Not to be confused by his name, he is an Armenian born in Turkey. He was for a number of years Turkey’s representative in the World Bank then declined to return to a senior government position in Turkey to pursue an academic career in the USA. He seems to have adopted this country from a recently published article in the Daily Telegraph.
This article is about the US economy but paradoxically gives an insight into Armenia’s lack of prosperity. All the italicised entries have been added and are not in the original article.
Why the US and its stock market will continue to prosper Economic institutions must be supported by political ones for a country to be a success; without the two inclusive institutions it does not work.
By Daron Acemoglu
18 May 2013
People ask me why some nations are so rich and some so poor. There is now a 40-fold gap between the richest and the poorest nations on the planet. Many people say it’s geography, but economics and politics are really to blame.
We think it is all about incentives, and not just for politicians and the affluent. A level playing field is essential to create a successful nation – society at large needs access to these incentives. It is the concept behind the American dream.
In many countries, systems have been designed so that only the elite can take advantage of all the country has to offer. These exclusive institutions are prevalent in poor countries [such as Armenia].
Economic institutions must be supported by political ones for a country to be a success; without the two inclusive institutions it does not work [Armenia demonstrates this]
In Barbados, for example, people did not even have property rights and the system was based on coercion between the economic and the political.
There was a plantation society dominated by certain sectors and controlled by a restrictive power.
America has inclusive politics and an inclusive economy – this is why it will achieve long-term, steady economic growth.
It gives tremendous support to entrepreneurs [not Armenia’s strong point] and encourages immigration [emigration] to enrich [deplete] the workforce.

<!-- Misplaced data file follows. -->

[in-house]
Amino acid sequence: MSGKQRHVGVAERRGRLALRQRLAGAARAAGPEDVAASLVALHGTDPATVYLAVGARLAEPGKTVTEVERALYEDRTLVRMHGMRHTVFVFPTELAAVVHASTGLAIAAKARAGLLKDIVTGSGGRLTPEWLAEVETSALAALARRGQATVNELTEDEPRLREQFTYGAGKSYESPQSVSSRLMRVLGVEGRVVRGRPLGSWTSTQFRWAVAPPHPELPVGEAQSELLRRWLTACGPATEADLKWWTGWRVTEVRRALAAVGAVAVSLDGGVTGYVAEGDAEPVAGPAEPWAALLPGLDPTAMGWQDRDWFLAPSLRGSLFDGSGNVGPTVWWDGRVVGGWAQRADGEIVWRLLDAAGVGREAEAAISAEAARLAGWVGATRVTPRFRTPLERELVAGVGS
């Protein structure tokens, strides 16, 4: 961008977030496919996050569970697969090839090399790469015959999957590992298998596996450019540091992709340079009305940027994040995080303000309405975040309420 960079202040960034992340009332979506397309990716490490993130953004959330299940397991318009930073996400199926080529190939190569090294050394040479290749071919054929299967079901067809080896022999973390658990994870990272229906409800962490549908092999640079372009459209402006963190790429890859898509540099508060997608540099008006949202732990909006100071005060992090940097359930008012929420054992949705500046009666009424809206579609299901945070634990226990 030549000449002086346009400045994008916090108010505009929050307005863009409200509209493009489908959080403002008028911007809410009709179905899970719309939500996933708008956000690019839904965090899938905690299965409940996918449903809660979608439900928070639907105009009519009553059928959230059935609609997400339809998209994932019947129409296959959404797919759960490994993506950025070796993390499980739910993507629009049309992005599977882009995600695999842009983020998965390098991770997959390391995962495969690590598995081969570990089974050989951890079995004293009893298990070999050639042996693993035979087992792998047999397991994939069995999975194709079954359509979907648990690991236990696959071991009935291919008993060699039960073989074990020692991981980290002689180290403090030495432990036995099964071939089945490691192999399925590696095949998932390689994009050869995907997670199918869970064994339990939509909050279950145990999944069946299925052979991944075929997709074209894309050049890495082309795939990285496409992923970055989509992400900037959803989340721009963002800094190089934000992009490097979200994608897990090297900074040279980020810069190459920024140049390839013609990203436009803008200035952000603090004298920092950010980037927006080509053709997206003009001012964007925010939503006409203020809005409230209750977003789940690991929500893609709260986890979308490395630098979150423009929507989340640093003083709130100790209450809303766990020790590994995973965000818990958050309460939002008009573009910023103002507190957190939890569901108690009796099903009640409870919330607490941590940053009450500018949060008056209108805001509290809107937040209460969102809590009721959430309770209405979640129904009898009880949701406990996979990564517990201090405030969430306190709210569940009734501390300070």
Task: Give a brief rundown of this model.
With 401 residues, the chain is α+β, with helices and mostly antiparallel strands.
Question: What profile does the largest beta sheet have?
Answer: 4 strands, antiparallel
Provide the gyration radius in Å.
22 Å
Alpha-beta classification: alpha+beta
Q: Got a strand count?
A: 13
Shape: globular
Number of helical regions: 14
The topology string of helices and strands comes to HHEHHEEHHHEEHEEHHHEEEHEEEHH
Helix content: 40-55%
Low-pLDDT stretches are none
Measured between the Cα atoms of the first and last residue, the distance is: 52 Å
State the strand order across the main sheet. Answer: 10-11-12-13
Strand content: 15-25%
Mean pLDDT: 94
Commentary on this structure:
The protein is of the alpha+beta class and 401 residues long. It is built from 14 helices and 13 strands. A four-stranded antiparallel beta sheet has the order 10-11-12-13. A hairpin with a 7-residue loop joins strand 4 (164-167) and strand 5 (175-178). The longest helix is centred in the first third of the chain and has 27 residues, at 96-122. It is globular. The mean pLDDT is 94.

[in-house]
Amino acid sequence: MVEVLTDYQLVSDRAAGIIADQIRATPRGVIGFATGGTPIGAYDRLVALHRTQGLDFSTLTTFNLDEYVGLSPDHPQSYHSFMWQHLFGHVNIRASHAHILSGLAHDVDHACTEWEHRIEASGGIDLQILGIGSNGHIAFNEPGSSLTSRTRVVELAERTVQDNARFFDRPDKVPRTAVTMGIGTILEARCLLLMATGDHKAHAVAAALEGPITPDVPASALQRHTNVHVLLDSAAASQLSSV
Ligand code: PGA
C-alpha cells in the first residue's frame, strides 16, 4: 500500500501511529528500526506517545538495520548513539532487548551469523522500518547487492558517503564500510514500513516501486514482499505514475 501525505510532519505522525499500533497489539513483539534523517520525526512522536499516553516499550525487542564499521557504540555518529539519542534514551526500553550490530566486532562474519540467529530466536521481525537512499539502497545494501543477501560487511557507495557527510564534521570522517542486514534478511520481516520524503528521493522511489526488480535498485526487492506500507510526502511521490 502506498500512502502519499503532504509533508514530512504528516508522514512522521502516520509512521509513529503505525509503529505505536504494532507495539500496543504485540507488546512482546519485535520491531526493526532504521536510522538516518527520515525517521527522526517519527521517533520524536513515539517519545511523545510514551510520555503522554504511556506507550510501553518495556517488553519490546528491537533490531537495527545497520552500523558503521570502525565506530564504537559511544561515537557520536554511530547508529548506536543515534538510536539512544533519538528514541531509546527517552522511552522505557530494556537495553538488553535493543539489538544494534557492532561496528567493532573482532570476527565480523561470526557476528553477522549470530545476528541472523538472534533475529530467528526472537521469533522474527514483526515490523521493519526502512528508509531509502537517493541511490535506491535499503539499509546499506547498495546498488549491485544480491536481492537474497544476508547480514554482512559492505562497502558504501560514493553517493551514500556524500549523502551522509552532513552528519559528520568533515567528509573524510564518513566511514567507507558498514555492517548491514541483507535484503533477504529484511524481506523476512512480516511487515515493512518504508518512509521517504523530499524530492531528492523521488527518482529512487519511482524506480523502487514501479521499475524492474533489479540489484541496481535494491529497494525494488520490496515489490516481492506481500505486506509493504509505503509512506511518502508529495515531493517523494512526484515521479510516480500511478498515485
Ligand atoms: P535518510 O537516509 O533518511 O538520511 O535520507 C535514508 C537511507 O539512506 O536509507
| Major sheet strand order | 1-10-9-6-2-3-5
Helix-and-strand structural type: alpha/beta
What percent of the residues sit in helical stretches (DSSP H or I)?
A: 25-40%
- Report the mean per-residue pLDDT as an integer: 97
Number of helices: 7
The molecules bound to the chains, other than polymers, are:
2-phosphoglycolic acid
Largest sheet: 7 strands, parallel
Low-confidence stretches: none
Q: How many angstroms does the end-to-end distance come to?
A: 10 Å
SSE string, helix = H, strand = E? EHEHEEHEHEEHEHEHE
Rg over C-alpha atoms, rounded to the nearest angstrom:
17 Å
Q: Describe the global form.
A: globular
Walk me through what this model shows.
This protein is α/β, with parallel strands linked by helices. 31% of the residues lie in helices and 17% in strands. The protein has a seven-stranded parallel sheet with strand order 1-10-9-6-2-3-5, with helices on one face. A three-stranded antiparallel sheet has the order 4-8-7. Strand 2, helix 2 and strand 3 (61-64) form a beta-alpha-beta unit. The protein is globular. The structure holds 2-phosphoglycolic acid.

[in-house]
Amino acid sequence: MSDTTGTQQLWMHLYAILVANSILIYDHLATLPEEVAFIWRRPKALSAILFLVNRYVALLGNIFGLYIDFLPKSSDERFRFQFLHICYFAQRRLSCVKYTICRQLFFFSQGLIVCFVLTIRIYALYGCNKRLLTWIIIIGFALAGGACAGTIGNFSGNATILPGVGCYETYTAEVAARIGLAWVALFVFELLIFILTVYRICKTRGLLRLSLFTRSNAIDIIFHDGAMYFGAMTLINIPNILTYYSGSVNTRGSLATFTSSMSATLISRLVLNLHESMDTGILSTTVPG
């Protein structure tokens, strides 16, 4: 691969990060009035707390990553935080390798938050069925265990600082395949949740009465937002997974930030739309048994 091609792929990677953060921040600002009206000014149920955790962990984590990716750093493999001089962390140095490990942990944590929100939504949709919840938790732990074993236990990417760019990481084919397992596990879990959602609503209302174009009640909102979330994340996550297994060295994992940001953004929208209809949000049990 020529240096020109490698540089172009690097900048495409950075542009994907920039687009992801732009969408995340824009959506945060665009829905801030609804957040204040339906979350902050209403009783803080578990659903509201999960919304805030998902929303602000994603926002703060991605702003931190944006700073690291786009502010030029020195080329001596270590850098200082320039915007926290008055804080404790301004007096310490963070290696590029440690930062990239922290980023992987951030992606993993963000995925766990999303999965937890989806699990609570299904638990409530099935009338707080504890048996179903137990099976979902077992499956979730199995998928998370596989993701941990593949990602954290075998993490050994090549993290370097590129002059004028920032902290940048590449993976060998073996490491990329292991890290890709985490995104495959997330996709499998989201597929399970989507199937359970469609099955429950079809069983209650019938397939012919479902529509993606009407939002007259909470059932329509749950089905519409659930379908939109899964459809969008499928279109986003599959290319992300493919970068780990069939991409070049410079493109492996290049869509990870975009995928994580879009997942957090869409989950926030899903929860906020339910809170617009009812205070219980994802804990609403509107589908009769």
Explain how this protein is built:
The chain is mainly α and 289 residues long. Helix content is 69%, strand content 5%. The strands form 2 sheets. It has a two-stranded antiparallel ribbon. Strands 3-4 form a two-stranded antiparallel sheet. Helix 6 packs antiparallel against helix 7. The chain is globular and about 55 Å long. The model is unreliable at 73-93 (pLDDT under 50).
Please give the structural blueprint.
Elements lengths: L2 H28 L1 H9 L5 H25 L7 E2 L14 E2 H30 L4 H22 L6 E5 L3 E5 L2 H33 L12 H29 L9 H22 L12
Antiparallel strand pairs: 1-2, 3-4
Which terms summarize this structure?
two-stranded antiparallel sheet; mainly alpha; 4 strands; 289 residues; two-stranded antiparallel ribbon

The US is currently experiencing something of a political gridlock, but it has done this before; it is the sign that it is at the end of a gilded age. But as long it gives voice to minorities that can be a catalyst for change there will be a modicum of help.
There are some problems. The US technology boom has automated areas where previously labour was needed. Finance is tight and the disappearance of trade unions has meant that there is no minimum wage.
Political access for the poorest member of American society is diminishing and along with that so is their voice.
There is an elite in the US [Armenia] which has more power than the rest – it is the financial and technology sector [the oligarchs]. The overlap between Wall Street [the ROA government] and Silicon Valley [oligarchs] is immense, and it leads the entire economy.
The availability of information can increase free will, but it also can be used to control people – the “modernisation hypothesis” teaches that democracy is something which will arrive to all societies once they are rich and educated. But education and money did not stop the rise of the Nazis. Where there is an elite there will be social unrest.
In the US, male high school attendance rates are at the same levels as they were in the Sixties. In India attendance is poor because access is hard. In the US the difficulty is engaging young people. A lot of people in their late teens see the inefficiencies in the school curriculum and struggle to see what will be useful for them.
One alternative is the German system, where learning is more related to your future career and as a result they are more successful at keeping people in school.
The key is innovation and invention if our children are to have prospects, but I am confident in our ability to deliver.
I am cautiously optimistic about the US. We have been consistently successful as a nation at implementing innovation in the workplace and the financial markets are supportive of start-ups.
If our stock market was dominated by just a few companies [as in Armenia] I would be worried, but incentives are thrown up by a competitive market [but not to be found in Armenia]